Date of Award

January 2024

Document Type

Open Access Thesis

Degree Name

Master of Public Health (MPH)


School of Public Health

First Advisor

Trace Kershaw

Second Advisor

John Pachankis


Pre-exposure prophylaxis (PrEP) has revolutionized HIV prevention in the last ten years, as it is highly effective at preventing infection. PrEP is a strong preventive option for those at risk of HIV, but only 30% of those who could benefit from it were prescribed PrEP in the United States in 2021.2 The purpose of this study is to investigate how mental health, internalizations, and greater contextual factors unique to sexual minority men and nonbinary individuals (SMMNI) impact PrEP knowledge, uptake, and adherence. Survey data from the #MVMNT (Men’s Voices on Mapping, Networks, and Technology) project was utilized to examine the relationship between various social, emotional, and contextual factors and PrEP awareness, initiation, and use. PrEP efficacy and stigma were analyzed as potential mediators. We found that 97% of participants had heard of PrEP and 41.6% of those aware had tried PrEP, and 67.1% of those who had tried PrEP currently used it (27.2% of the sample). Insurance and medical mistrust had positive associations with PrEP initiation. Increased depression, internalized homophobia, and HIV risk as well as decreased concealment were positively associated with current PrEP use. There was no significant mediation. This study suggests that relationships to the healthcare system are the largest barrier to PrEP initiation and internalized ideas about sexuality and risk as well as mental health had a complex relationship with ongoing PrEP use.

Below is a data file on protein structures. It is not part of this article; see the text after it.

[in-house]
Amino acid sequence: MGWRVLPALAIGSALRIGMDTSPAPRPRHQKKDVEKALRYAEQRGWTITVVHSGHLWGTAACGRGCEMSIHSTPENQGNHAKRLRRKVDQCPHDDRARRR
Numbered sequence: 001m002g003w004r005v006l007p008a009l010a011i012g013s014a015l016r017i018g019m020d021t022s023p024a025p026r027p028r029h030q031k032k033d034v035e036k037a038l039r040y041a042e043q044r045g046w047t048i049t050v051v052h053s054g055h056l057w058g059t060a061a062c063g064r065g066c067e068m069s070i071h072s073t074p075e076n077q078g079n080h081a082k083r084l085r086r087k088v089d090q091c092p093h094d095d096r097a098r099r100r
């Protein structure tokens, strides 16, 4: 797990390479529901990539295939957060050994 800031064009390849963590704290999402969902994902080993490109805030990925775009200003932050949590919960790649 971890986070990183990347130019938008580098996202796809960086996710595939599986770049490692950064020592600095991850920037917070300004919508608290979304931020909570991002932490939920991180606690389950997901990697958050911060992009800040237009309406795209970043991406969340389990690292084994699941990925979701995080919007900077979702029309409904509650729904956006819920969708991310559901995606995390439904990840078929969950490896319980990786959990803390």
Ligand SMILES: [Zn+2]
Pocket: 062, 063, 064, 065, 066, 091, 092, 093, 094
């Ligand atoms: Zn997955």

This is an Open Access Thesis.

Open Access

This Article is Open Access